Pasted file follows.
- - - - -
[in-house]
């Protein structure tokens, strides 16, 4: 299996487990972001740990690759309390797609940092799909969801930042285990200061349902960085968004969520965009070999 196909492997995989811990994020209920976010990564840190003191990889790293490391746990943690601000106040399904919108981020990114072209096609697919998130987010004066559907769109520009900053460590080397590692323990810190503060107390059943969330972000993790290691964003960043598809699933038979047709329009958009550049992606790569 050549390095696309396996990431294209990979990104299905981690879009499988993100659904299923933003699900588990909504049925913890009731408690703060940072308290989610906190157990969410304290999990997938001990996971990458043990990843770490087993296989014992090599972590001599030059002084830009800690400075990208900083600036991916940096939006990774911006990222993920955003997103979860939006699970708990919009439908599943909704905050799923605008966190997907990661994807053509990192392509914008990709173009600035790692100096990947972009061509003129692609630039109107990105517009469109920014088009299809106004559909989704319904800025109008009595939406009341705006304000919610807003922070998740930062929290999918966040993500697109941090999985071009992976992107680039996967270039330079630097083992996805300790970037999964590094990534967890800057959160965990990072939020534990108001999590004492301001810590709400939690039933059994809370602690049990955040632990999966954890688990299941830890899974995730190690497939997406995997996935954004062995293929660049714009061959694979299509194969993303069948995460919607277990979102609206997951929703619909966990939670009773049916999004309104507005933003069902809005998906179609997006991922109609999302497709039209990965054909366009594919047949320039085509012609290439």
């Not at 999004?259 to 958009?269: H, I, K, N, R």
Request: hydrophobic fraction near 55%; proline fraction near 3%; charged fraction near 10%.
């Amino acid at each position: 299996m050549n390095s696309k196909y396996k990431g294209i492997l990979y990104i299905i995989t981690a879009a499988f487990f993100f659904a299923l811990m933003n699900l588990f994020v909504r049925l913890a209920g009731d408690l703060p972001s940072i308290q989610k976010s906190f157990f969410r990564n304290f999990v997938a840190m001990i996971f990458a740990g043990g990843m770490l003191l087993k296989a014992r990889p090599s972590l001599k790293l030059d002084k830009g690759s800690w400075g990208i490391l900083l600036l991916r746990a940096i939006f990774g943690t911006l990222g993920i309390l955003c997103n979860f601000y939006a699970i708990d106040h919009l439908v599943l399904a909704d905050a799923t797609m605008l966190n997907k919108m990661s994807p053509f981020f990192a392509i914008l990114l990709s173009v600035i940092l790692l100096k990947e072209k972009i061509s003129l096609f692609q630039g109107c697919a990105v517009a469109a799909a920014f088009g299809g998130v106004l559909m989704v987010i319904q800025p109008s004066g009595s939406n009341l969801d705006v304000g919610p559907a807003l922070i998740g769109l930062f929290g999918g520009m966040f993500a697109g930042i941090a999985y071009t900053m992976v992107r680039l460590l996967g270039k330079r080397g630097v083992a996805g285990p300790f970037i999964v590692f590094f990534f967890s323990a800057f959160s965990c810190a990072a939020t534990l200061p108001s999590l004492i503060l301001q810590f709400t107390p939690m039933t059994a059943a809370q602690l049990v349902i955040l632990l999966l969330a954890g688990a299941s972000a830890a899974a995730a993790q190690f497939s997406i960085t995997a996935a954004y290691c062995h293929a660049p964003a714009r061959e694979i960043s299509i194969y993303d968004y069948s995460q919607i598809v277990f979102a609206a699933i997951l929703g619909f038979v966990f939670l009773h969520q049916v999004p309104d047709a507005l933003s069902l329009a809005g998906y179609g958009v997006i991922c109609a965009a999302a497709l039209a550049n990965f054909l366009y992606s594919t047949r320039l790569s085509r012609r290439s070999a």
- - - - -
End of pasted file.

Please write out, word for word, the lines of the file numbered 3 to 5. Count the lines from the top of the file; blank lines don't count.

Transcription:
């Not at 999004?259 to 958009?269: H, I, K, N, R």
Request: hydrophobic fraction near 55%; proline fraction near 3%; charged fraction near 10%.
């Amino acid at each position: 299996m050549n390095s696309k196909y396996k990431g294209i492997l990979y990104i299905i995989t981690a879009a499988f487990f993100f659904a299923l811990m933003n699900l588990f994020v909504r049925l913890a209920g009731d408690l703060p972001s940072i308290q989610k976010s906190f157990f969410r990564n304290f999990v997938a840190m001990i996971f990458a740990g043990g990843m770490l003191l087993k296989a014992r990889p090599s972590l001599k790293l030059d002084k830009g690759s800690w400075g990208i490391l900083l600036l991916r746990a940096i939006f990774g943690t911006l990222g993920i309390l955003c997103n979860f601000y939006a699970i708990d106040h919009l439908v599943l399904a909704d905050a799923t797609m605008l966190n997907k919108m990661s994807p053509f981020f990192a392509i914008l990114l990709s173009v600035i940092l790692l100096k990947e072209k972009i061509s003129l096609f692609q630039g109107c697919a990105v517009a469109a799909a920014f088009g299809g998130v106004l559909m989704v987010i319904q800025p109008s004066g009595s939406n009341l969801d705006v304000g919610p559907a807003l922070i998740g769109l930062f929290g999918g520009m966040f993500a697109g930042i941090a999985y071009t900053m992976v992107r680039l460590l996967g270039k330079r080397g630097v083992a996805g285990p300790f970037i999964v590692f590094f990534f967890s323990a800057f959160s965990c810190a990072a939020t534990l200061p108001s999590l004492i503060l301001q810590f709400t107390p939690m039933t059994a059943a809370q602690l049990v349902i955040l632990l999966l969330a954890g688990a299941s972000a830890a899974a995730a993790q190690f497939s997406i960085t995997a996935a954004y290691c062995h293929a660049p964003a714009r061959e694979i960043s299509i194969y993303d968004y069948s995460q919607i598809v277990f979102a609206a699933i997951l929703g619909f038979v966990f939670l009773h969520q049916v999004p309104d047709a507005l933003s069902l329009a809005g998906y179609g958009v997006i991922c109609a965009a999302a497709l039209a550049n990965f054909l366009y992606s594919t047949r320039l790569s085509r012609r290439s070999a």